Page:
TGR: So, you're saying we're confusing the market's performance with the economy's performance?
DC: Yes. The fact is that the economy, itself, is doing very badly. The numbers are phonied up. I spend a lot of time in Argentina. Anybody with any sense knows you can't believe the numbers coming out of the Argentinean Government Statistical Bureau, nor can you (any longer) believe the numbers that come out of Washington D.C. The inflation numbers consider only the things the government wants to look at and are artificially low. It's the same with the unemployment numbers. None of these things is believable.
TGR: Isn't the unemployment figure a lagging indicator of a rebounding economy?
DC: If you look at the way unemployment was computed until the early 1980s—something that John Williams from ShadowStats does—the numbers would indicate about 20% unemployment today. Besides, even while the population keeps rising, the number of people reported as actually working is level or even lower. Most indicators of the economic establishment, in my view, don't really make any sense. GDP, for instance, includes government spending—much of which amounts to paying some people to dig ditches during the day and other people to fill in for them at night. So-called "defense" spending is almost totally wasted capital. The practice of economics today is pathetic and laughable.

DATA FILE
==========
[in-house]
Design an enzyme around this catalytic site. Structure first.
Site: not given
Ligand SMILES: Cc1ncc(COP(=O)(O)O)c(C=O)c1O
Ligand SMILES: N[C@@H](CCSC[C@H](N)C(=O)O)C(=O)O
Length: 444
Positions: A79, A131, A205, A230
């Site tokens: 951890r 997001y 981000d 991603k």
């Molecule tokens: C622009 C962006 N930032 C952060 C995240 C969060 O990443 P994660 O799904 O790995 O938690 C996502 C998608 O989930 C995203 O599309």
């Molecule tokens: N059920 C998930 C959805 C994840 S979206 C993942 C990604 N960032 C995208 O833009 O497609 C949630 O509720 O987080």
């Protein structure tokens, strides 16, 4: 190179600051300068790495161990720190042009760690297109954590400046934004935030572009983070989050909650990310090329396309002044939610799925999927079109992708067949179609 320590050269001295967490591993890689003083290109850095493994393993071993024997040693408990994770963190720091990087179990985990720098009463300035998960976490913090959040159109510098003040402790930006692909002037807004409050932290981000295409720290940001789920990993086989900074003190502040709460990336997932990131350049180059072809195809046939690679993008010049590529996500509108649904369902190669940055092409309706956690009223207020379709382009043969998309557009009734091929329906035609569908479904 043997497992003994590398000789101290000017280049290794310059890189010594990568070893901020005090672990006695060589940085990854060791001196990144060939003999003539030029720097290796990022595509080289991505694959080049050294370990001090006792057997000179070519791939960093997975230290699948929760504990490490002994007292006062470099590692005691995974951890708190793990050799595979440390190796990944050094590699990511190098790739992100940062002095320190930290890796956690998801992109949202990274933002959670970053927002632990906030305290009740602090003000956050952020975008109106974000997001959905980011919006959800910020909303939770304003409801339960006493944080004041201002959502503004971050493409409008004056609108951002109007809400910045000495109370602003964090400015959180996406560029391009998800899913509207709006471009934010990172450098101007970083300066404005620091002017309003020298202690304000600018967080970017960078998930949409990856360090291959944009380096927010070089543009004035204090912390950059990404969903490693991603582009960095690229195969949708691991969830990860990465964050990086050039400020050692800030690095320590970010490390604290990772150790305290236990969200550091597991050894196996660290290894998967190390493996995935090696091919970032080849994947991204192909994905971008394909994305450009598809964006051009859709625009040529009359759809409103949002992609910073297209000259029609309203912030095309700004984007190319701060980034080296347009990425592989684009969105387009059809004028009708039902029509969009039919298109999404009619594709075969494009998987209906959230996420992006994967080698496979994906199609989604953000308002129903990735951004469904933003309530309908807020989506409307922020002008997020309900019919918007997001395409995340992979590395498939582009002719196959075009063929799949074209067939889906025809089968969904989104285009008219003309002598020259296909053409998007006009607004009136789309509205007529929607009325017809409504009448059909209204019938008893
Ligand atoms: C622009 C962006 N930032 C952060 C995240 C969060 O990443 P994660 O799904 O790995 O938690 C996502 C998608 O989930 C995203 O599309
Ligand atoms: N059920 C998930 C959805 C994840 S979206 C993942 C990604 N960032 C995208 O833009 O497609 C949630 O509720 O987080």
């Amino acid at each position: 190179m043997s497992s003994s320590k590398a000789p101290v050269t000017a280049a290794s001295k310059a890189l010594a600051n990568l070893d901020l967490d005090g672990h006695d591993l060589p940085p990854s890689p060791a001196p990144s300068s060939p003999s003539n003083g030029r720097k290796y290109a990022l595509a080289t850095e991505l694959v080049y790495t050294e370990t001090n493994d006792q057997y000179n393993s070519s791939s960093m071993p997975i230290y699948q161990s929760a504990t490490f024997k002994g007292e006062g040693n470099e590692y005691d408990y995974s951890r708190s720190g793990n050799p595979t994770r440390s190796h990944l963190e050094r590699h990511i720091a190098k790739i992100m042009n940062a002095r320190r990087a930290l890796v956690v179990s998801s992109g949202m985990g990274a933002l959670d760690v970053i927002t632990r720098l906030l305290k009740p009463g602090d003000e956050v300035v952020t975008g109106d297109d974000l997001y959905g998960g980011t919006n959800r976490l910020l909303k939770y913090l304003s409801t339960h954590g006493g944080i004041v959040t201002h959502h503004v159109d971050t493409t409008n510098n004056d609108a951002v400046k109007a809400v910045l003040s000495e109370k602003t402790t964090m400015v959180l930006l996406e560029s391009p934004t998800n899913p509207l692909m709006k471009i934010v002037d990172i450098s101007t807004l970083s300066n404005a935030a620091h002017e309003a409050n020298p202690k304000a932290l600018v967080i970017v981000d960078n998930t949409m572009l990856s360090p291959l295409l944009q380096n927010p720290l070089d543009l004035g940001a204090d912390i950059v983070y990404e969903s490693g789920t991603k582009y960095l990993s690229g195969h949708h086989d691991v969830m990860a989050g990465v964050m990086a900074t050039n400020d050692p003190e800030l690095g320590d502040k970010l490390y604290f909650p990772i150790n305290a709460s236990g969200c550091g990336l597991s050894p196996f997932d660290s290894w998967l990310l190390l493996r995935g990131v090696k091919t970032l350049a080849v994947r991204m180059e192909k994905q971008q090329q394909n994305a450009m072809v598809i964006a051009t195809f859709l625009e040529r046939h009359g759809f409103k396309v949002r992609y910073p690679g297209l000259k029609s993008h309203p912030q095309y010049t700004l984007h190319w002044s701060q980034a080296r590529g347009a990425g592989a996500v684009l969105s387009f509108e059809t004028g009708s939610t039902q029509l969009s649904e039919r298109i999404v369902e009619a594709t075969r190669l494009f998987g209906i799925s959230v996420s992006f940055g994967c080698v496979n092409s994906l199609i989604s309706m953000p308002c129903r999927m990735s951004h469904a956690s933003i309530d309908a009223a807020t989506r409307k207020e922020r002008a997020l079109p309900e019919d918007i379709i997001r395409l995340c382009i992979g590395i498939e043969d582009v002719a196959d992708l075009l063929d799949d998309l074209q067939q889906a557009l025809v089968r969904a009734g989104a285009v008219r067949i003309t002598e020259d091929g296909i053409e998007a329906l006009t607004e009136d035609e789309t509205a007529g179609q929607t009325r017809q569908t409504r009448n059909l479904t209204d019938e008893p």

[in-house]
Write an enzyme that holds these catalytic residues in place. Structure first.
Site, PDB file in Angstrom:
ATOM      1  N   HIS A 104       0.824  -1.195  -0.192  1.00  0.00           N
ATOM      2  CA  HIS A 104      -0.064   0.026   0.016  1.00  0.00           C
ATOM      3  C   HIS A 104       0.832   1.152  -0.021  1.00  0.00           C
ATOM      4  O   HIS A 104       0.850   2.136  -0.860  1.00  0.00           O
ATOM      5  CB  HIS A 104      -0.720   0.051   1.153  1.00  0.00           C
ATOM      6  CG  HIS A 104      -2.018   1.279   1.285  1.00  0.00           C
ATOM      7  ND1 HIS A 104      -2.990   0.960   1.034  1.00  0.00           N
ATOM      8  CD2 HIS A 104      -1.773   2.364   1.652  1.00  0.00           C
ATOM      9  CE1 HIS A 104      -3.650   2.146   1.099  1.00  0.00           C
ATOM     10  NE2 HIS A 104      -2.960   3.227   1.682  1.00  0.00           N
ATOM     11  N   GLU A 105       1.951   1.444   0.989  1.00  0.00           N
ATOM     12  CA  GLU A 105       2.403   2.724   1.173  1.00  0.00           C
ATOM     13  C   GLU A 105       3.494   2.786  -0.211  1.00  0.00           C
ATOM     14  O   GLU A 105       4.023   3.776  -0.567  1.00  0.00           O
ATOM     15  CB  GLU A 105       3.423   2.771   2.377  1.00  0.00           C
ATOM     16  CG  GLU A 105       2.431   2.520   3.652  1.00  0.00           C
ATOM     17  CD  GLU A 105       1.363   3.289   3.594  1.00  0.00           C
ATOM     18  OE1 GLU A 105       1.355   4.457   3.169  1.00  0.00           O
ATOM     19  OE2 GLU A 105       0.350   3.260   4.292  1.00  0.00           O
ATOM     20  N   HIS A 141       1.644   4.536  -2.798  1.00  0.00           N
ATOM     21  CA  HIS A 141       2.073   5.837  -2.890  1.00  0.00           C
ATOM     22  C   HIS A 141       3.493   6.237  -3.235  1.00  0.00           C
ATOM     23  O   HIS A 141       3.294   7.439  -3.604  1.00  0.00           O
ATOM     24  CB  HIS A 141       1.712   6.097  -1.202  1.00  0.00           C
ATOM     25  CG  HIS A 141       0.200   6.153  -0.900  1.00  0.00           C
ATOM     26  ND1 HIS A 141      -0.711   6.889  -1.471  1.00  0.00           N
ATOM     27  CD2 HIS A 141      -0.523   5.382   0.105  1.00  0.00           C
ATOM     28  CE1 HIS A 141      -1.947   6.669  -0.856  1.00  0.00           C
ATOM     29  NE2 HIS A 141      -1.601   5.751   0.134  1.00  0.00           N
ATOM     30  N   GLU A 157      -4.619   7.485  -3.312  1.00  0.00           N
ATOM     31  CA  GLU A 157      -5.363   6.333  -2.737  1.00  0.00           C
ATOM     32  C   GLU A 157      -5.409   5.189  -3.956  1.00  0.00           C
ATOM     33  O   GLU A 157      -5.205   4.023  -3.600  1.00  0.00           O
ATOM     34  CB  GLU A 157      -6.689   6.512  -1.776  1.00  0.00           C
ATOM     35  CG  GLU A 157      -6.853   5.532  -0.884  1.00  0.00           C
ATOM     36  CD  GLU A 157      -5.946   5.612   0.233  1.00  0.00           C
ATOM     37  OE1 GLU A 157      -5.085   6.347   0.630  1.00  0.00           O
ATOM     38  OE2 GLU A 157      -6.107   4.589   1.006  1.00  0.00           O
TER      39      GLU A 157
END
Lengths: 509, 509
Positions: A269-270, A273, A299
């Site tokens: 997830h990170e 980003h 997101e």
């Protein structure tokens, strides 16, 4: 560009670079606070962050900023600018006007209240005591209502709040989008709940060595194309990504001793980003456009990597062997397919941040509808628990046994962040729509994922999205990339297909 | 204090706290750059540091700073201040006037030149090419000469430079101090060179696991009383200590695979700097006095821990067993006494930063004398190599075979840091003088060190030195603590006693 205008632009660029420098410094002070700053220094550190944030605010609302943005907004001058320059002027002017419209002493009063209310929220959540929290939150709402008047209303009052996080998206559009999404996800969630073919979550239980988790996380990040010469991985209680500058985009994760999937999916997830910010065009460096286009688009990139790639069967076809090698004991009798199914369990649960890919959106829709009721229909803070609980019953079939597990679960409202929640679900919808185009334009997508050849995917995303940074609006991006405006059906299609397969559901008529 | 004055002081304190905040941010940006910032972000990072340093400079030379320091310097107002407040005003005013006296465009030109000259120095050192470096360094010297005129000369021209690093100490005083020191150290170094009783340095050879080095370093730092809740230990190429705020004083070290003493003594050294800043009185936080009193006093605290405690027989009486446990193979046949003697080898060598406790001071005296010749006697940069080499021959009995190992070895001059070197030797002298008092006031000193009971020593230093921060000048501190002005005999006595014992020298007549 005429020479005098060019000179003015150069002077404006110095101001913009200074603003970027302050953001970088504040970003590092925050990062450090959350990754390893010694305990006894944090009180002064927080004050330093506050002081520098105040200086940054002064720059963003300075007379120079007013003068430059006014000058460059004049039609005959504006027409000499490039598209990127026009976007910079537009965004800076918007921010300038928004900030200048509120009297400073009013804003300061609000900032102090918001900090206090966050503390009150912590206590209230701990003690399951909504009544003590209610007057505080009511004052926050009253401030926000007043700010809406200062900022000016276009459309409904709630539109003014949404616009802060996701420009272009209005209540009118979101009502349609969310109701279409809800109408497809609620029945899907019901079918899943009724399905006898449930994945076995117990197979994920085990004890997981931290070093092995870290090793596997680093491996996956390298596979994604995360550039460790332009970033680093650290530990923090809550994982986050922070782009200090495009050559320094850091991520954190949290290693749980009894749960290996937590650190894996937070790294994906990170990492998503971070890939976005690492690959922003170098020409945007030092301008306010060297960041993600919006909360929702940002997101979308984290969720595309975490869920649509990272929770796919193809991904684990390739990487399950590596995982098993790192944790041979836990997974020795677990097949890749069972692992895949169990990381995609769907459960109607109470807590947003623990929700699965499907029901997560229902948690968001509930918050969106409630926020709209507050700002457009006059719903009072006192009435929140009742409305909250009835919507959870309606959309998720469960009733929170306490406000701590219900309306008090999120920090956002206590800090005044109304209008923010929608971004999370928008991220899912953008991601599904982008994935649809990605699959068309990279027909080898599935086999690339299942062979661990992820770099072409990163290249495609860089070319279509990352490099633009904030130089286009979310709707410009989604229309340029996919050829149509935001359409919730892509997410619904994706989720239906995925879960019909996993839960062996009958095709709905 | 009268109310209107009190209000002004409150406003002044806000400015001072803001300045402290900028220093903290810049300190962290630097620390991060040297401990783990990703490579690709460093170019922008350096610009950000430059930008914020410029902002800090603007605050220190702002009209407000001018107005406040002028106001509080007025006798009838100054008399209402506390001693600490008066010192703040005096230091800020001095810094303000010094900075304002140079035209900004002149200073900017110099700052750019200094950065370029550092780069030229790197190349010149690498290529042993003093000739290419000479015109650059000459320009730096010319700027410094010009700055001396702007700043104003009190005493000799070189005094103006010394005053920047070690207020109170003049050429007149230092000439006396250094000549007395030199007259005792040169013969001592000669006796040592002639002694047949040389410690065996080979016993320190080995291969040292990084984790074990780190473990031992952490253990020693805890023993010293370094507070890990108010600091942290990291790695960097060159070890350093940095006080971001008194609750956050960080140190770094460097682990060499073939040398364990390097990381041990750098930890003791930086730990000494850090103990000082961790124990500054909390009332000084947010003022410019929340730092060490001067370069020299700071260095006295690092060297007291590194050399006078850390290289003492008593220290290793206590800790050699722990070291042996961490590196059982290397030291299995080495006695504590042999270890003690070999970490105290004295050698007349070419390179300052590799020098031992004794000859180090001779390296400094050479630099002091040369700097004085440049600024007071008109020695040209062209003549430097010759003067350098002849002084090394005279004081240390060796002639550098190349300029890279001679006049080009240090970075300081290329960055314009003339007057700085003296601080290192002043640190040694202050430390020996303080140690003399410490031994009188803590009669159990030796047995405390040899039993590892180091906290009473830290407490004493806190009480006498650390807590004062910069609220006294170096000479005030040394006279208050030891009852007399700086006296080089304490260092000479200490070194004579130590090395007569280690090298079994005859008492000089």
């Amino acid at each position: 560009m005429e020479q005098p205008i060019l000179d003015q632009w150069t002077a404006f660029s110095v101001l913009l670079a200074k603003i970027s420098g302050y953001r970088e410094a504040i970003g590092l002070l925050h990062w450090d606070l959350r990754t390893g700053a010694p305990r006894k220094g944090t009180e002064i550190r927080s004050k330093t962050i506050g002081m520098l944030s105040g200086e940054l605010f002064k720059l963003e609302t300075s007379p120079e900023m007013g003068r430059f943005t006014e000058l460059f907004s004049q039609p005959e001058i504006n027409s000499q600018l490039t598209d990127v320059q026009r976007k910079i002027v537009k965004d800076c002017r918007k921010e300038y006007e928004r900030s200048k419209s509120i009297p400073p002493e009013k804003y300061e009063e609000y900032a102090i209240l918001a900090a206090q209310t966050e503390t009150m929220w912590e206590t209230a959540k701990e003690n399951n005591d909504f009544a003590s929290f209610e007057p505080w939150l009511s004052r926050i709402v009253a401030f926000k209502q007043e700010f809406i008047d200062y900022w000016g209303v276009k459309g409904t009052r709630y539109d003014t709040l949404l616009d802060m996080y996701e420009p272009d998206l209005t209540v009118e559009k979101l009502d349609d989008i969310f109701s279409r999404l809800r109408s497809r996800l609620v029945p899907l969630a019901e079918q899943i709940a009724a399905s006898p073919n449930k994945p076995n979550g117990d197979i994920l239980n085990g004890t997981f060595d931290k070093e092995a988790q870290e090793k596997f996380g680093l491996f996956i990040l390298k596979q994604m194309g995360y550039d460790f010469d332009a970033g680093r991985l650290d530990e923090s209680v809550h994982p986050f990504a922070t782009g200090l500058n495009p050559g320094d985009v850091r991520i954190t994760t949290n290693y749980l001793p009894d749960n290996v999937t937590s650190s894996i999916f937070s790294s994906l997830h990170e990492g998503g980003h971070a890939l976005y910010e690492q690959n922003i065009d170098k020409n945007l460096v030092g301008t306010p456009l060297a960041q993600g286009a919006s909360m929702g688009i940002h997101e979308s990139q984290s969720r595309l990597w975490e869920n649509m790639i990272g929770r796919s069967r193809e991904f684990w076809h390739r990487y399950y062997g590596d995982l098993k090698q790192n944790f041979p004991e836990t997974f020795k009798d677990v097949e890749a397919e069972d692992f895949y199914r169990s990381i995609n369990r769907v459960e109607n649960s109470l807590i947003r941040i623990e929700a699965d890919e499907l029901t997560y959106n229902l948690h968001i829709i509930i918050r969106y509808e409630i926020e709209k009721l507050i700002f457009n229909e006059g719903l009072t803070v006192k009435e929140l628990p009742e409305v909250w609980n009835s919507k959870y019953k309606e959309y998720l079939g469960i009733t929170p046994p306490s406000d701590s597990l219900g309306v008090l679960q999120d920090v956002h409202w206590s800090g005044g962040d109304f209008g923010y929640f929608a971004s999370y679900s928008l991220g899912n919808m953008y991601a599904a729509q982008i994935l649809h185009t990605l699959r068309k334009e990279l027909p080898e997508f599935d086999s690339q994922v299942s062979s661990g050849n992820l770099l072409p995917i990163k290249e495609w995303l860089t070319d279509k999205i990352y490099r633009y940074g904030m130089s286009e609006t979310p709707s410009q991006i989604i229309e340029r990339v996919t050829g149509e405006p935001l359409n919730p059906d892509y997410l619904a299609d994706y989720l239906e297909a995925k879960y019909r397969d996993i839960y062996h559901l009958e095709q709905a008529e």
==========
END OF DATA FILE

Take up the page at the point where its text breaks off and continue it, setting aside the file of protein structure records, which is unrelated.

TGR: So, the economy is not rebounding?
DC: No. My take on this is that we entered what I call the "Greater Depression" in 2007. And now, because the government has printed up trillions of dollars in the last couple of years, we're in the eye of the hurricane. We've only gone through the leading edge of the storm. People think this will just be another cyclical recovery like all the others since WW II. But it's not. It's going to wind up with the currency being destroyed. It's going to be a disaster. . .a worldwide catastrophe.
TGR: You indicated that the government is using these mass infusions of made-up money to prop up the stock market due to the psychological factor—that people will think the economy's doing well because the market is doing well. However, we hear that a lot of that money has been caught up in the banks. Would you comment on that?
DC: As I said, that money has to go somewhere. The banks have been borrowing from the Fed at something like 0.5% and investing it in government securities at 2%, 3% or 4%, depending on the maturity. So, much of that money has been a direct gift to the banks; and they're basically making an arbitrage spread of 2%–4%. So, yes, that's happening with some of the money. Still, it doesn't all just sit in these Treasury securities. A great deal of it, inevitably, goes into the stock market.
TGR: You also said that psychology isn't the only reason the government wants to see the stock market go higher.
DC: Right. Pension funds have a great deal of their assets in stocks. Certainly, many funds run by government entities, such as the state and city employee pension funds, are approaching bankruptcy despite the fact that the Fed has driven interest rates to historic lows, artificially pumping up both stocks and bonds. And, I might add, keeping property prices higher than they would be otherwise. When interest rates rise eventually—and they will go up a lot—it'll be something to behold in the markets.